Health experts from around the world were to meet in New Delhi on Thursday to assess progress made in developing new vaccines to fight killer diseases among children in the world's poorest countries.
Scientists were expected to present advances in several new generation vaccines targeting diseases such as Japanese encephalitis, meningitis-causing Haemophilus influenza and other deadly diseases that kill approximately two million children each year.
The meeting is being organized by the Global Alliance for Vaccines and Immunization, or GAVI, and is also aimed at increasing awareness among policy makers about diseases that can be prevented by vaccines.
"Even when a vaccine is available, problems related to costs, availability, and awareness of the burden of the disease can delay adoption for years or decades," Julian Lob-Levyt, executive secretary of the GAVI Alliance, said in a statement.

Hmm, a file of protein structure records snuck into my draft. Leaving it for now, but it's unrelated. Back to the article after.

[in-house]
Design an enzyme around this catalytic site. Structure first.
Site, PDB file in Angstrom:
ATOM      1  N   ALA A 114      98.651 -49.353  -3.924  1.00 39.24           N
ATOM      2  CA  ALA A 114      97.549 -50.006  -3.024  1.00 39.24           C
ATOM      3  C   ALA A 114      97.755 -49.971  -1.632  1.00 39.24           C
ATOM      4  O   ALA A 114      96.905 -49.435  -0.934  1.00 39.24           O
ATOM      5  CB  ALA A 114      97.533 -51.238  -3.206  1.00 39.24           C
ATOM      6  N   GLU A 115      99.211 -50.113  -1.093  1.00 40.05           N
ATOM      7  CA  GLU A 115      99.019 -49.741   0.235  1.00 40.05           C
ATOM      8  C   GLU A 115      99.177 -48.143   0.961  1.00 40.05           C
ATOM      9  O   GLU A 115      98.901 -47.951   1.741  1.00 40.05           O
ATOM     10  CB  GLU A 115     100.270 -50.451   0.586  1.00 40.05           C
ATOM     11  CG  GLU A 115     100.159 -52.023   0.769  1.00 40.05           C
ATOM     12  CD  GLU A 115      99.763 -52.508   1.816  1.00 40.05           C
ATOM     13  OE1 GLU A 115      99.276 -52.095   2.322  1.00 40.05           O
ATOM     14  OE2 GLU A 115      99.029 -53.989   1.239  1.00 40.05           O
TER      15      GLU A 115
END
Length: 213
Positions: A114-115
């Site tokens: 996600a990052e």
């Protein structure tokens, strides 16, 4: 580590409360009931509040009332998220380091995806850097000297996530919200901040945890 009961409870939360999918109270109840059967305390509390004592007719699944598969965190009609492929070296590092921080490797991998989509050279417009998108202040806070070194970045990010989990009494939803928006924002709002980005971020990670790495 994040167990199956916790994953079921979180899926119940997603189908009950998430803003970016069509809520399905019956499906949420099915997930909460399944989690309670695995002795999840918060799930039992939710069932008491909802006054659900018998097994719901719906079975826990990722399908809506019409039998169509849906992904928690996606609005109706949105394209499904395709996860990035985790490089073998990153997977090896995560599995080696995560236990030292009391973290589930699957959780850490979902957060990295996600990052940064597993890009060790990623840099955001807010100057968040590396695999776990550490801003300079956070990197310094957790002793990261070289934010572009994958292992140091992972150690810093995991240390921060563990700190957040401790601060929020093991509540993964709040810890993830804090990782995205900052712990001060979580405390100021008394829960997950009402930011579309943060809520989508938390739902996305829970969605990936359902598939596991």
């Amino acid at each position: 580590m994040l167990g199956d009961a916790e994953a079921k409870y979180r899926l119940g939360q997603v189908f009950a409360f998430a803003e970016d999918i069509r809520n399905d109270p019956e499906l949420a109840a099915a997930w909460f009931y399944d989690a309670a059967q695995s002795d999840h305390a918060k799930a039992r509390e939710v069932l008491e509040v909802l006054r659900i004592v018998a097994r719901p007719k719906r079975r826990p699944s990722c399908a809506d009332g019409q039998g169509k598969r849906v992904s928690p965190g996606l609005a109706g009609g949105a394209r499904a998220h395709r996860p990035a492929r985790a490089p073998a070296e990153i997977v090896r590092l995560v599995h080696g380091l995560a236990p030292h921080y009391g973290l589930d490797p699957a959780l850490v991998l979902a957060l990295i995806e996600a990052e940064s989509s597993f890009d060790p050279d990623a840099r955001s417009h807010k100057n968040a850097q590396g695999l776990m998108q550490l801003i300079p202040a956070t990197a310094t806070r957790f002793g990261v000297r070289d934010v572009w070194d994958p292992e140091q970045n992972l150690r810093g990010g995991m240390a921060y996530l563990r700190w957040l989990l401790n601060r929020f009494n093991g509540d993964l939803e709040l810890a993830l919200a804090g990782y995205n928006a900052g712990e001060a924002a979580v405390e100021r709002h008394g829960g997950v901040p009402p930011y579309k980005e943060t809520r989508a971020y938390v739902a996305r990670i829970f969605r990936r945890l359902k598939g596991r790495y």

The alliance plans to launch an initiative this week to promote a newly develop vaccine for Haemophilus influenza, or Hib. Doctors in the developed world have started using the vaccine, but it is rarely administered in developing countries.
Hib is spread by droplets expelled when people cough or sneeze, and often breaks out in overcrowded areas. It's estimated to cause 3 million cases of serious illness, mainly pneumonia and meningitis, in children under 5 years of age and about 400,000 deaths each year, the vast majority of them in developing countries, the statement said.
GAVI was launched in 2000 by the United Nations, governments around the world, the Bill and Melinda Gates Foundation and the vaccine industry to tackle acute health problems in developing nations.
About 2 million people die every year from vaccine-preventable diseases including diphtheria, measles, tuberculosis, hepatitis B and yellow fever, with most of the victims in poor countries.
GAVI said that since it was established its programs have helped prevent more than 670,000 premature deaths by improving access to basic children's vaccines, accelerating the development and introduction of new vaccines, and helping low-income countries improve immunization coverage, reported AP. P.T.
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